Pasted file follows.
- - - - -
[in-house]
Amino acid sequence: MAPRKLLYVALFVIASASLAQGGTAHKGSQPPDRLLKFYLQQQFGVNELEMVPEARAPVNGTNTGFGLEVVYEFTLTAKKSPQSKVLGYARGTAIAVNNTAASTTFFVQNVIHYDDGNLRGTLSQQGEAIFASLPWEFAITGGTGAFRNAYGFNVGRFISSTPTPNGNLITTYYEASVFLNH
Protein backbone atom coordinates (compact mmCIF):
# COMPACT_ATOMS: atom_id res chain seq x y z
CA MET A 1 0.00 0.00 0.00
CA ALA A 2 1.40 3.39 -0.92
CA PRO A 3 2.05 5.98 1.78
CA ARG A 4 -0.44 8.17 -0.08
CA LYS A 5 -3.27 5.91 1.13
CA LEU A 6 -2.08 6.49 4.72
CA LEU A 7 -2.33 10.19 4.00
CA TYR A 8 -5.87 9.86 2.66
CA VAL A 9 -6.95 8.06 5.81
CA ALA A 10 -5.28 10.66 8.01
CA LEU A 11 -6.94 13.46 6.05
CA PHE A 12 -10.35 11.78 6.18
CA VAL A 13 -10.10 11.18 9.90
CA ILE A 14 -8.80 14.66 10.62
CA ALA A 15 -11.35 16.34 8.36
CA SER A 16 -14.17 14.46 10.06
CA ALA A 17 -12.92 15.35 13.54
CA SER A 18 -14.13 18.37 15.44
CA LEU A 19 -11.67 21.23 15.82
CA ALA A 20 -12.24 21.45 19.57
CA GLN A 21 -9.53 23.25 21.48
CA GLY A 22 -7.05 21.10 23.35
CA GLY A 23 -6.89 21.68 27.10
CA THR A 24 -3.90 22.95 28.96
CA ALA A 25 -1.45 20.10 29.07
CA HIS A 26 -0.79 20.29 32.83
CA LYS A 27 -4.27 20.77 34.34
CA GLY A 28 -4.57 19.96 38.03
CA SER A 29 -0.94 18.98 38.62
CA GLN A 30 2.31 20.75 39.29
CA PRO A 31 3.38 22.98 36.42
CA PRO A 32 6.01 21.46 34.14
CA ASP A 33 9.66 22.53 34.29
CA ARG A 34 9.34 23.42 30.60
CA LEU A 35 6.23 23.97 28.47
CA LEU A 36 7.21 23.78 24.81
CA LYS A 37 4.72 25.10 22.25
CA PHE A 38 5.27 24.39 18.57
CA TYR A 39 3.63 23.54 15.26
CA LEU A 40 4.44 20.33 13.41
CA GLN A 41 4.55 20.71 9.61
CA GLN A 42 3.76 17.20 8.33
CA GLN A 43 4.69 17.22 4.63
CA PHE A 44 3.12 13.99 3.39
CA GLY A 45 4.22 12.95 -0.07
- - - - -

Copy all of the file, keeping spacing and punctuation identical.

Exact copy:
[in-house]
Amino acid sequence: MAPRKLLYVALFVIASASLAQGGTAHKGSQPPDRLLKFYLQQQFGVNELEMVPEARAPVNGTNTGFGLEVVYEFTLTAKKSPQSKVLGYARGTAIAVNNTAASTTFFVQNVIHYDDGNLRGTLSQQGEAIFASLPWEFAITGGTGAFRNAYGFNVGRFISSTPTPNGNLITTYYEASVFLNH
Protein backbone atom coordinates (compact mmCIF):
# COMPACT_ATOMS: atom_id res chain seq x y z
CA MET A 1 0.00 0.00 0.00
CA ALA A 2 1.40 3.39 -0.92
CA PRO A 3 2.05 5.98 1.78
CA ARG A 4 -0.44 8.17 -0.08
CA LYS A 5 -3.27 5.91 1.13
CA LEU A 6 -2.08 6.49 4.72
CA LEU A 7 -2.33 10.19 4.00
CA TYR A 8 -5.87 9.86 2.66
CA VAL A 9 -6.95 8.06 5.81
CA ALA A 10 -5.28 10.66 8.01
CA LEU A 11 -6.94 13.46 6.05
CA PHE A 12 -10.35 11.78 6.18
CA VAL A 13 -10.10 11.18 9.90
CA ILE A 14 -8.80 14.66 10.62
CA ALA A 15 -11.35 16.34 8.36
CA SER A 16 -14.17 14.46 10.06
CA ALA A 17 -12.92 15.35 13.54
CA SER A 18 -14.13 18.37 15.44
CA LEU A 19 -11.67 21.23 15.82
CA ALA A 20 -12.24 21.45 19.57
CA GLN A 21 -9.53 23.25 21.48
CA GLY A 22 -7.05 21.10 23.35
CA GLY A 23 -6.89 21.68 27.10
CA THR A 24 -3.90 22.95 28.96
CA ALA A 25 -1.45 20.10 29.07
CA HIS A 26 -0.79 20.29 32.83
CA LYS A 27 -4.27 20.77 34.34
CA GLY A 28 -4.57 19.96 38.03
CA SER A 29 -0.94 18.98 38.62
CA GLN A 30 2.31 20.75 39.29
CA PRO A 31 3.38 22.98 36.42
CA PRO A 32 6.01 21.46 34.14
CA ASP A 33 9.66 22.53 34.29
CA ARG A 34 9.34 23.42 30.60
CA LEU A 35 6.23 23.97 28.47
CA LEU A 36 7.21 23.78 24.81
CA LYS A 37 4.72 25.10 22.25
CA PHE A 38 5.27 24.39 18.57
CA TYR A 39 3.63 23.54 15.26
CA LEU A 40 4.44 20.33 13.41
CA GLN A 41 4.55 20.71 9.61
CA GLN A 42 3.76 17.20 8.33
CA GLN A 43 4.69 17.22 4.63
CA PHE A 44 3.12 13.99 3.39
CA GLY A 45 4.22 12.95 -0.07